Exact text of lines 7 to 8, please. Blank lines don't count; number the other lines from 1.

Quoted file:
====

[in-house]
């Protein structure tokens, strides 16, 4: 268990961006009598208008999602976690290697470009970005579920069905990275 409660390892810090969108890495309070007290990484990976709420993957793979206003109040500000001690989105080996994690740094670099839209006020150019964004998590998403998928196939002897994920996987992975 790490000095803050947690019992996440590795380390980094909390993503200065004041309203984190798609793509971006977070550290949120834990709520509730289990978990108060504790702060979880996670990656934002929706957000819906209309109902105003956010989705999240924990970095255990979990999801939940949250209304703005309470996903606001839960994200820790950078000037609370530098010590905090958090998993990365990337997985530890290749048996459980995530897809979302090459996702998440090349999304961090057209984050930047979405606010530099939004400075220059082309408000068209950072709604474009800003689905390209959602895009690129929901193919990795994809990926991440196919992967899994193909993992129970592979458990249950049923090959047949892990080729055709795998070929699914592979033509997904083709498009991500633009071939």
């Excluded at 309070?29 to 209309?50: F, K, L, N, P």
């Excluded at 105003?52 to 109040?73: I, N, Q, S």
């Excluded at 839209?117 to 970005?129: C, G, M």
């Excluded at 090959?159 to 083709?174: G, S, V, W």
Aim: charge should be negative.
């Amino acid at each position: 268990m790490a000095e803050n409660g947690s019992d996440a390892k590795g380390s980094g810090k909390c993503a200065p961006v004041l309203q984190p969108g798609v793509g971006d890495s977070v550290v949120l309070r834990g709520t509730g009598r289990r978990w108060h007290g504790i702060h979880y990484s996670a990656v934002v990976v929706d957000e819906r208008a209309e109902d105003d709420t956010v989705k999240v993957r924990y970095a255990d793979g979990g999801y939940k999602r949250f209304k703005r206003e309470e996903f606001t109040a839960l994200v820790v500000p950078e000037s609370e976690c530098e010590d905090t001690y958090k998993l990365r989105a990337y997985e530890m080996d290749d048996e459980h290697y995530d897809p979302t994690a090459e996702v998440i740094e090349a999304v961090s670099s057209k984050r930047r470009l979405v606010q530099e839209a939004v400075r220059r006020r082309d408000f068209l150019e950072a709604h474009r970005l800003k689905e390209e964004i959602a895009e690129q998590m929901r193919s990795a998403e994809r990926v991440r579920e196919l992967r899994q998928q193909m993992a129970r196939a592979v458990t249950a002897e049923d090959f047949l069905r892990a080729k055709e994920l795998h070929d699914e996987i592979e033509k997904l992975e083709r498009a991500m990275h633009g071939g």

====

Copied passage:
Aim: charge should be negative.
């Amino acid at each position: 268990m790490a000095e803050n409660g947690s019992d996440a390892k590795g380390s980094g810090k909390c993503a200065p961006v004041l309203q984190p969108g798609v793509g971006d890495s977070v550290v949120l309070r834990g709520t509730g009598r289990r978990w108060h007290g504790i702060h979880y990484s996670a990656v934002v990976v929706d957000e819906r208008a209309e109902d105003d709420t956010v989705k999240v993957r924990y970095a255990d793979g979990g999801y939940k999602r949250f209304k703005r206003e309470e996903f606001t109040a839960l994200v820790v500000p950078e000037s609370e976690c530098e010590d905090t001690y958090k998993l990365r989105a990337y997985e530890m080996d290749d048996e459980h290697y995530d897809p979302t994690a090459e996702v998440i740094e090349a999304v961090s670099s057209k984050r930047r470009l979405v606010q530099e839209a939004v400075r220059r006020r082309d408000f068209l150019e950072a709604h474009r970005l800003k689905e390209e964004i959602a895009e690129q998590m929901r193919s990795a998403e994809r990926v991440r579920e196919l992967r899994q998928q193909m993992a129970r196939a592979v458990t249950a002897e049923d090959f047949l069905r892990a080729k055709e994920l795998h070929d699914e996987i592979e033509k997904l992975e083709r498009a991500m990275h633009g071939g």